Borders Railway Opening Celebrations by KVGD, United Kingdom9 October,2015
Opinion by Richard Baird.
Borders Railway is 30 miles of new track, built largely upon the old Waverley Line, that runs between Edinburgh and Tweedbank within the Scottish Borders. Its commissioning saw the end of a fifty year wait for train services to be reinstated in the region and is the longest new domestic railway to be constructed in Britain for over 100 years.
The line was opened by Her Majesty The Queen, accompanied by the Duke of Edinburgh, on September 6th, and was marked by a journey from Edinburgh, aboard a steam engine, and by the unveiling of a plaque at Tweedbank station.
Stark Events commissioned Glasgow based graphic design studio KVGD to develop a visual identity for the opening of the railway. This included logo design, commemorative brochure, tickets, plaque and brand guidelines, and also extended to badges, flags, tote bags and banners.
Image: © Joe Gillhooley
KVGD’s visual identity is straightforward in its approach, appropriately taking its cues from, and touching upon, the history of the line and rail travel in the region, the celebratory nature of its opening and the event’s royal guests, in a clear and relatable way.
This manifests itself within the traditional qualities of the coal black wax seal and the typographical composition and uppercase sans-serif letterforms of the logo, the perceived value and texture of a heavy 700gsm Colorplan uncoated paper, the celebratory character of gold block foil print finishes, and the historic connection made through the black and white photography and insight that make up the commemorative brochure.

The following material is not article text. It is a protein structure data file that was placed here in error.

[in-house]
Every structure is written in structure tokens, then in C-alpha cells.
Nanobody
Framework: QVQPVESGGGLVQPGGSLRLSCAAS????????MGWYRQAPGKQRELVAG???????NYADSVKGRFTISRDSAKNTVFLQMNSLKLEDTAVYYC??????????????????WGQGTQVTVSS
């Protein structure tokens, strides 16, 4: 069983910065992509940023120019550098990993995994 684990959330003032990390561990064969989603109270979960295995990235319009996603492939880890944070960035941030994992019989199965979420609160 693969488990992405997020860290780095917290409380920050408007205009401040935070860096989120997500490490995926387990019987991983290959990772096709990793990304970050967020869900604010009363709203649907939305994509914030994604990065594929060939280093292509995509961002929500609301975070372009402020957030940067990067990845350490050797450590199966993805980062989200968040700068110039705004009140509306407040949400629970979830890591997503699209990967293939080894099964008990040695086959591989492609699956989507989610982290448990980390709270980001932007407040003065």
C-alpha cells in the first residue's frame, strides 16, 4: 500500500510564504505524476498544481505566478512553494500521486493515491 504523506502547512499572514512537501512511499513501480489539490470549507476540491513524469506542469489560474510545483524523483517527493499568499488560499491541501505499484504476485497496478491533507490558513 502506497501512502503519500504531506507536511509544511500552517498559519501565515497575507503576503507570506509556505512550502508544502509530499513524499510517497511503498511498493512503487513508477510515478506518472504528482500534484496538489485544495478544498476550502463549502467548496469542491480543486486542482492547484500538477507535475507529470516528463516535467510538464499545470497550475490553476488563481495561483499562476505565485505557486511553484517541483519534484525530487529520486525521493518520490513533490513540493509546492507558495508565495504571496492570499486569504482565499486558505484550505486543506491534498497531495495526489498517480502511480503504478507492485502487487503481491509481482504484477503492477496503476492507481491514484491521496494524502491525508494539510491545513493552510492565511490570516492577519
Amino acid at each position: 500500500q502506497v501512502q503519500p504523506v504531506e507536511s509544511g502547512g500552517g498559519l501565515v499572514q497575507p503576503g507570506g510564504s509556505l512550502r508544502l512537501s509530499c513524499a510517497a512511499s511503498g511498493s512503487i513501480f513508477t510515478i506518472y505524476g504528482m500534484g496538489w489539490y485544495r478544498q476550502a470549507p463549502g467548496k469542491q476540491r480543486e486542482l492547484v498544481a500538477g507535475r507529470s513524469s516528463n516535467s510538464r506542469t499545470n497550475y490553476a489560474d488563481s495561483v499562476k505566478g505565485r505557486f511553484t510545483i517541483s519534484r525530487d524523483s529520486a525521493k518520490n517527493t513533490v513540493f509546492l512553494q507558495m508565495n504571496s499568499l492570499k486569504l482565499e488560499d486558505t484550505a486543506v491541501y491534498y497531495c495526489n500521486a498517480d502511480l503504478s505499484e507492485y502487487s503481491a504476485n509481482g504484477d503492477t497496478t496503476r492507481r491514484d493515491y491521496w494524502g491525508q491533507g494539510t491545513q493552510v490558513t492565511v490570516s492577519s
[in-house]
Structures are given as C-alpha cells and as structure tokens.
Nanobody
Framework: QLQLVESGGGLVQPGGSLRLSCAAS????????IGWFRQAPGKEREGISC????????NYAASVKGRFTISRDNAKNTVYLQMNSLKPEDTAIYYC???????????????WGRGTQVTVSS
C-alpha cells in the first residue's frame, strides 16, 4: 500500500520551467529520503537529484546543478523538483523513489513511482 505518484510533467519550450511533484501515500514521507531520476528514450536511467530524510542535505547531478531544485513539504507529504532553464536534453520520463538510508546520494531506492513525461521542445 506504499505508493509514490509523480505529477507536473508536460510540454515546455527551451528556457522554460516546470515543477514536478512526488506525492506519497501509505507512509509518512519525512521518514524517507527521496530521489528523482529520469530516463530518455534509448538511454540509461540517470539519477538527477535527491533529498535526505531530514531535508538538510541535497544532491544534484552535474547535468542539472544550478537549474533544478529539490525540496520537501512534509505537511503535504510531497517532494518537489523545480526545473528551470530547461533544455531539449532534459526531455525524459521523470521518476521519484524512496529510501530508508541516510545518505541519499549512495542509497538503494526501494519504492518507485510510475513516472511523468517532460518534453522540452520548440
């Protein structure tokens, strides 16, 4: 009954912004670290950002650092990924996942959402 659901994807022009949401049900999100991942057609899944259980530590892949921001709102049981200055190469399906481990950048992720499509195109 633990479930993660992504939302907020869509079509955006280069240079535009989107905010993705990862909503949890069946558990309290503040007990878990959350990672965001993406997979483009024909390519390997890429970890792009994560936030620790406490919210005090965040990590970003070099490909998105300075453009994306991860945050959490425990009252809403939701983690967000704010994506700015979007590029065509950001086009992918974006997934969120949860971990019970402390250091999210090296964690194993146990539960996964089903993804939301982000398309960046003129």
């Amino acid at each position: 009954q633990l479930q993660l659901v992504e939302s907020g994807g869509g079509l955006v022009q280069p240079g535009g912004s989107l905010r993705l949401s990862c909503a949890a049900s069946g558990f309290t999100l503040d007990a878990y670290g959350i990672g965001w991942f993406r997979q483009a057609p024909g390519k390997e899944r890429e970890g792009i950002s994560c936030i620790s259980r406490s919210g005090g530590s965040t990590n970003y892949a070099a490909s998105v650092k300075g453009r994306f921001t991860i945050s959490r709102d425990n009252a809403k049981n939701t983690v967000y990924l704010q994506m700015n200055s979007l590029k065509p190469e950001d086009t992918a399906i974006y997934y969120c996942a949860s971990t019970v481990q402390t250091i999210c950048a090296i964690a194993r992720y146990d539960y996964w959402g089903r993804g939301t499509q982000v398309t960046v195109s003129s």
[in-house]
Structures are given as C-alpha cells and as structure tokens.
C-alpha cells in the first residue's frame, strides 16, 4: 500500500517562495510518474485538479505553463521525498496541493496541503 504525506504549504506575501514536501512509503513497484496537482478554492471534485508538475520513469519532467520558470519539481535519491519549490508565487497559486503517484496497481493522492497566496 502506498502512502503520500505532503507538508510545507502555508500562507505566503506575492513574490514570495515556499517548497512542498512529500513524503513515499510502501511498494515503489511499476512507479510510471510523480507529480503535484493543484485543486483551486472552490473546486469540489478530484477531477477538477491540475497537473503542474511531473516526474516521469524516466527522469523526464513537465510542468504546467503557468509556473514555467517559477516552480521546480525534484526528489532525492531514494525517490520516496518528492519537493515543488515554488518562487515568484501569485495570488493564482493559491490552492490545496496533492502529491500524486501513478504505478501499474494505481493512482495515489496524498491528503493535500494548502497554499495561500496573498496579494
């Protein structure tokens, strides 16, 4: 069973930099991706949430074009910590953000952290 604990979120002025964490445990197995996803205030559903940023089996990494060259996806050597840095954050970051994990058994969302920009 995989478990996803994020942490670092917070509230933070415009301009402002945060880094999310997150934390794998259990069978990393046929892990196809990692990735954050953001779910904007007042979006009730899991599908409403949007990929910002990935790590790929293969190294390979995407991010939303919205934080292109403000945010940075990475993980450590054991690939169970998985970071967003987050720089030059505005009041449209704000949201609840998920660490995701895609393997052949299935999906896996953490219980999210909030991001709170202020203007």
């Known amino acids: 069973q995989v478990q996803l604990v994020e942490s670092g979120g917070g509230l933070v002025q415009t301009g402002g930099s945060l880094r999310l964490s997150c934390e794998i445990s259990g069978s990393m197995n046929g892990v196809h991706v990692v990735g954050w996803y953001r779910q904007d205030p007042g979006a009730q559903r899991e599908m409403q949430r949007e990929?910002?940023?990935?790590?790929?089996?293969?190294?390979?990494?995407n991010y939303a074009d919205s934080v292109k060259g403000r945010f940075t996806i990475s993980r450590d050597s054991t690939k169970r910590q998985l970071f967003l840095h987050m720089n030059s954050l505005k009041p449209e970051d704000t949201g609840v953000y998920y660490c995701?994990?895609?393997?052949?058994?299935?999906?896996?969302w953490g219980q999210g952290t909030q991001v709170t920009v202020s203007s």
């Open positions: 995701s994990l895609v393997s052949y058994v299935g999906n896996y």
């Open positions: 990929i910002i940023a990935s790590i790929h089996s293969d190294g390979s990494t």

While simple and few, each choice is well-weighted within the context of the whole. Gold is emphasised by plenty of white space and broken up by the occasional purple and navy blue—both of which are tied to royalty and emphasised by their use across bunting and in the choice of flowers, and by the contemporary precision applied to the traditional composition, spacing, and character style of the logo. The Golden Ticket idea plays well to a younger audience and the sense of occasion while not breaking from the tone and aesthetic of the identity.
Many, if not all of these choices will be familiar, but each is well-executed and well-suited to the project, acknowledge the short life of the identity, draw on rail heritage and a day of celebration with a restraint, as seen in the use of plenty of uninterrupted space, that is in keeping with the royal nature of the occasion. More from KVGD on BP&O.
What do you think of KVGD’s brand identity design work for the Borders Railway opening ceremony? Share your thoughts in the comment section below or get the conversation started on Twitter.
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